Topic Area: Transportation
Geographic Area: United States
Focal Question: How effective has California’s Vehicle Emissions Programs been in increasing the number of green vehicles available for sale in California and the U.S.?
(1) “Advanced Search Results | Green Vehicle Guide | US EPA.” Environmental Protection Agency. Accessed: 04/05/2008. <http://www.epa.gov/greenvehicles/Advsearch.do>.
(2) Brown, Mark B. “The Civic Shaping of Technology: California's Electric Vehicle Program.” Science, Technology, & Human Values, Vol. 26, No. 1 (Winter, 2001), pp. 56-81. Accessed: 04/06/2008. <http://www.jstor.org/stable/690120>.
(3) “Fact Sheet: LEV II – Amendments to California’s Low-Emission Vehicle regulations.” California Air Resources Board. Feb. 1999. Accessed: 04/05/2008. < http://www.arb.ca.gov/msprog/levprog/levii/factsht.pdf>.
(4) “Fact Sheet: The Zero Emission Vehicle Program.” California Air Resources Board. Mar. 28, 2008. Accessed: 04/06/2008. <http://www.arb.ca.gov/msprog/zevprog/factsheets/2008zevfacts.pdf>.
(5) Sullivan, Colin. "California: State Agency Discards Old 'ZEV' Program – Again." ClimateWire. E&E Publishing, LLC. 3/28/2008. <http://eenews.net/climatewire/2008/03/28/2/>
Reviewer: Adam L. Rich, Colby College ‘08
In 1990, the state of California implemented vehicle emissions restrictions known as the Low-Emission Vehicle program. This plan included two sections: a low-emission vehicle standard (LEV), and a zero-emission vehicle standard and quota (ZEV) designed to stimulate the creation of newer technologies (CARB LEV-II Fact Sheet; CARB ZEV Fact Sheet). These emissions programs have had both positive and negative impacts on the availability and manufacturing of environmentally friendly vehicles.
In 1998, the California Air Resources Board revised their original Low Emission Vehicle program to expand and enhance their restrictions on vehicle emissions, known as LEV-II. In this revision, they expanded the program to cover all SUVs and trucks, as well as reducing the level of allowable NOX emissions and raising the standards for average fleet emissions. However, from this revision came the creation of a significant new category of low emissions vehicles: Super-Ultra Low Emissions Vehicle (SULEV). According to CARB, a SULEV compliant vehicle would “emit only a single pound of hydrocarbons during 100,000 miles of driving” (CARB LEV-II Fact Sheet). To encourage the creation of these vehicles, CARB allowed standard gasoline powered SULEVs to count as 0.2 ZEV credits (CARB LEV-II Fact Sheet).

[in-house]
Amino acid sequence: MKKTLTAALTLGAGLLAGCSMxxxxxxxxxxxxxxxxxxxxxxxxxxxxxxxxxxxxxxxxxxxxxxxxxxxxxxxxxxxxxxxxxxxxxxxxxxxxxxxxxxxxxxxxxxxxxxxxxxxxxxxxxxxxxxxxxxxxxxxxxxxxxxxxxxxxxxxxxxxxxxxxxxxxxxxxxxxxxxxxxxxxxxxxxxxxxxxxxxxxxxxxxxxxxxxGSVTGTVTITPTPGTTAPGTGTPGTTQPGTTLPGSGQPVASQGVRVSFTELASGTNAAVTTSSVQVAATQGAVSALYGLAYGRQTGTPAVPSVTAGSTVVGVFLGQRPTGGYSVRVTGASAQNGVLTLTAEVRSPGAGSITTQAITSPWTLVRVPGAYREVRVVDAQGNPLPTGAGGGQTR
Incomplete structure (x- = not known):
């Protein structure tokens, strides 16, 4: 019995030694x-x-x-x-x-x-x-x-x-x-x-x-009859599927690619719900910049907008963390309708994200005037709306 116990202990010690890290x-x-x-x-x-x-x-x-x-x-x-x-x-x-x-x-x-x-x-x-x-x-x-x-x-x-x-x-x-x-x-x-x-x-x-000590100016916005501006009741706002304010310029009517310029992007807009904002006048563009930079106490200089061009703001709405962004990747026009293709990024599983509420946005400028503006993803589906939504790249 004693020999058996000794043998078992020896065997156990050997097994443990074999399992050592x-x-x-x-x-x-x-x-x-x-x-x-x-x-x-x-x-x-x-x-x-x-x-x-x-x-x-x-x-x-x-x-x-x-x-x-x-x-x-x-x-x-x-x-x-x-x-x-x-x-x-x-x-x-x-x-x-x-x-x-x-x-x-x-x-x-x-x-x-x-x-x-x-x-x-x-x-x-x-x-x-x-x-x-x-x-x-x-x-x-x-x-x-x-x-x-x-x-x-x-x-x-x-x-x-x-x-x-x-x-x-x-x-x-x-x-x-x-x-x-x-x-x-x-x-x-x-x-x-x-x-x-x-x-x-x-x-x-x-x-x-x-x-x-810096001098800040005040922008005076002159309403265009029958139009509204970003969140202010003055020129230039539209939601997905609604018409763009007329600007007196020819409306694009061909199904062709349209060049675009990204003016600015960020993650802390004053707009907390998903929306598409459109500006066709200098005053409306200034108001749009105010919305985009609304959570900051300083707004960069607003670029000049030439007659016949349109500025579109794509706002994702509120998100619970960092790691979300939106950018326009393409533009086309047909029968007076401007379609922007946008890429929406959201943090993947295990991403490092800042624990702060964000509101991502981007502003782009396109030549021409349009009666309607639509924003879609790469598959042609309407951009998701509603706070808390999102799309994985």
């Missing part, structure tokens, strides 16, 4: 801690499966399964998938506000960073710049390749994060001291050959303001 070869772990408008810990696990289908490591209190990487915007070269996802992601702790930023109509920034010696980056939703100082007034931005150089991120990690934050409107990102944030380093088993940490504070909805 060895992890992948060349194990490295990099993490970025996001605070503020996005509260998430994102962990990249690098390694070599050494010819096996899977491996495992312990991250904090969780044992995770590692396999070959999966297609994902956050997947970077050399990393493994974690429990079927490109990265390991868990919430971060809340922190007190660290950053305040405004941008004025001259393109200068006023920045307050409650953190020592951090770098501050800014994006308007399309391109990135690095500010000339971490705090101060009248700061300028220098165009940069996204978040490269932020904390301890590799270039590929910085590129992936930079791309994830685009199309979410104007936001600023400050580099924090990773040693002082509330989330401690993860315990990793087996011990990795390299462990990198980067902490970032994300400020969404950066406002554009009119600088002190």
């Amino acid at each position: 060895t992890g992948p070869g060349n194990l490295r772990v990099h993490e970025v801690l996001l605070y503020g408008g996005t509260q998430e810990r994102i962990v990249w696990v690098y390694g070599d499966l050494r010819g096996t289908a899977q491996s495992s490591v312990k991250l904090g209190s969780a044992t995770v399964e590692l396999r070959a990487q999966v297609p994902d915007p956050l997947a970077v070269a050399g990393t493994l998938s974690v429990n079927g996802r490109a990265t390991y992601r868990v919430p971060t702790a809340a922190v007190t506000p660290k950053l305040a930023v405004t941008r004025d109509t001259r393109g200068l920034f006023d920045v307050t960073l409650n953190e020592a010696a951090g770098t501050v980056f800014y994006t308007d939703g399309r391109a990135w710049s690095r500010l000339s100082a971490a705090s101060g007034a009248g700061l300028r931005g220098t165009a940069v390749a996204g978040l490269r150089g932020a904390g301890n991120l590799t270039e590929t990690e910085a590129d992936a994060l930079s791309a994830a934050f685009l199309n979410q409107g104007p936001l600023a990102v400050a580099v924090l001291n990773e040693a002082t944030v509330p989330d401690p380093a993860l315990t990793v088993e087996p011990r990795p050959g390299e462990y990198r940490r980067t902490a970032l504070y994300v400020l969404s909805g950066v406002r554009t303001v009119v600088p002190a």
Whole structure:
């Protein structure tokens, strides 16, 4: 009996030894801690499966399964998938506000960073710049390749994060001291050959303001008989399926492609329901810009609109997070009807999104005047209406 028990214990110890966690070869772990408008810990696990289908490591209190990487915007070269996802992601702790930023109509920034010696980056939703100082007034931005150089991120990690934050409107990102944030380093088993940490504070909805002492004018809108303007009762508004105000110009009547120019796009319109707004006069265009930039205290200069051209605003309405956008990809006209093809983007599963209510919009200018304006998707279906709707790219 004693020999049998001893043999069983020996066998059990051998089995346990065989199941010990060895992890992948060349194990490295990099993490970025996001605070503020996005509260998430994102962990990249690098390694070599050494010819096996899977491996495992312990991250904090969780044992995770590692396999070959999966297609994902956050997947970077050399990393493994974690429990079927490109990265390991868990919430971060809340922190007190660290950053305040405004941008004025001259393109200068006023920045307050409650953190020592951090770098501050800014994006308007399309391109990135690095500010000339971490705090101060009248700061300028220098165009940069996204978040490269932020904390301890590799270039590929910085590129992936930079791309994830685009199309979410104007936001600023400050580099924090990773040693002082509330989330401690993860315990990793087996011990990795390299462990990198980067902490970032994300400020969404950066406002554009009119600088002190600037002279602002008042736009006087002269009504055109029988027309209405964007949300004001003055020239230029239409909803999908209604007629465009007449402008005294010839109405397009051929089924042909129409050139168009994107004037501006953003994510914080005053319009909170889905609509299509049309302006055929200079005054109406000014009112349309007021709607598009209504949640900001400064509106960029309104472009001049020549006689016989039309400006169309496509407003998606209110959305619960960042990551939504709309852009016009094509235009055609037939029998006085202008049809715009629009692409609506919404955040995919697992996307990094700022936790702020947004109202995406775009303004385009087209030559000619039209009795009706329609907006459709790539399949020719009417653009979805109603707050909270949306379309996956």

This new emissions standard had a significant effect on the number of green vehicles produced by automobile manufacturers. From model year 2003, the year before the LEV-II standards were to take effect, to model year 2008, the number of available SULEV compliant vehicles for sale increased dramatically. According to the United States Environmental Protection Agency, in MY2003, only six SULEV compliant vehicles were available for sale in the United States (specifically California and the northeast).* By MY2005, one year into the program, some 21 SULEV compliant vehicles were available within the United States. According to the most recently available data, MY2008, 36 SULEV compliant vehicles are available for sale within the United States, a six-fold increase since 2003 (CARB LEV-II Fact Sheet; EPA).
The other part of California’s vehicle emissions regulation program was the enactment of a program to mandate the sale of zero emissions vehicles (ZEV) within the state. The implementation of this program sought to force technology capable of reducing greenhouse gasses in the state (Brown; CARB ZEV Fact Sheet).
Initially, in 1990, the program required that 10% of all vehicles sold in the state of California have zero emissions by the year 2003. This was designed to effectively force the development of emissions reducing technologies. A $5000 fine was to be assessed on every car under the quota, providing significant incentive to develop newer technologies (Brown; CARB ZEV Fact Sheet).
However, gradually over time, the state has significantly eased their requirements for pure zero emissions vehicles. In 1996, the state allowed for partial-zero emissions vehicles (PZEV) to count as partial credit towards automobile companies’ ZEV quota. In 2001, CARB significantly reduced the required quota of pure zero emissions vehicles by breaking down the ZEV requirements into subcategories, requiring that 6% overall be PZEV, 2% overall be advanced technology (AT) PZEV, and only 2% be ZEV. In 2008, CARB further reduced that quota by creating a fourth category, Enhanced AT-PZEV. While they increased the overall quota to 12%, the total percentage of pure zero emissions vehicles that must be sold in the state can be as little as 0.9% annually (CARB ZEV Fact Sheet).
According to their own figures, the current number of pure zero emissions vehicles currently on the road in the state of California is equivalent to 3.8% of all ZEV/PZEV vehicles, significantly below the original 10% of overall sales, and still well below the 2001 revised mandate of 20% of all ZEV/PZEV vehicles. With their new updated regulations, automakers are required to make 70% fewer pure zero emissions vehicles during the period of 2012 to 2014 than they would have previously. They would be able to replace them with easier to make Enhanced AT-PZEVs such as plug-in hybrids. While the current iteration of the ZEV program does promote the creation of newer and cleaner vehicles, it hinders its original goal by diminishing the importance of the zero emissions vehicle (CARB ZEV Fact Sheet; ClimateWire).
*The EPA’s Green Vehicle Guide distinguishes different vehicle models by different combinations of body style, engine, and transmission. For the purpose of this summary, different vehicle models sold under the same name have been combined and counted as a single model.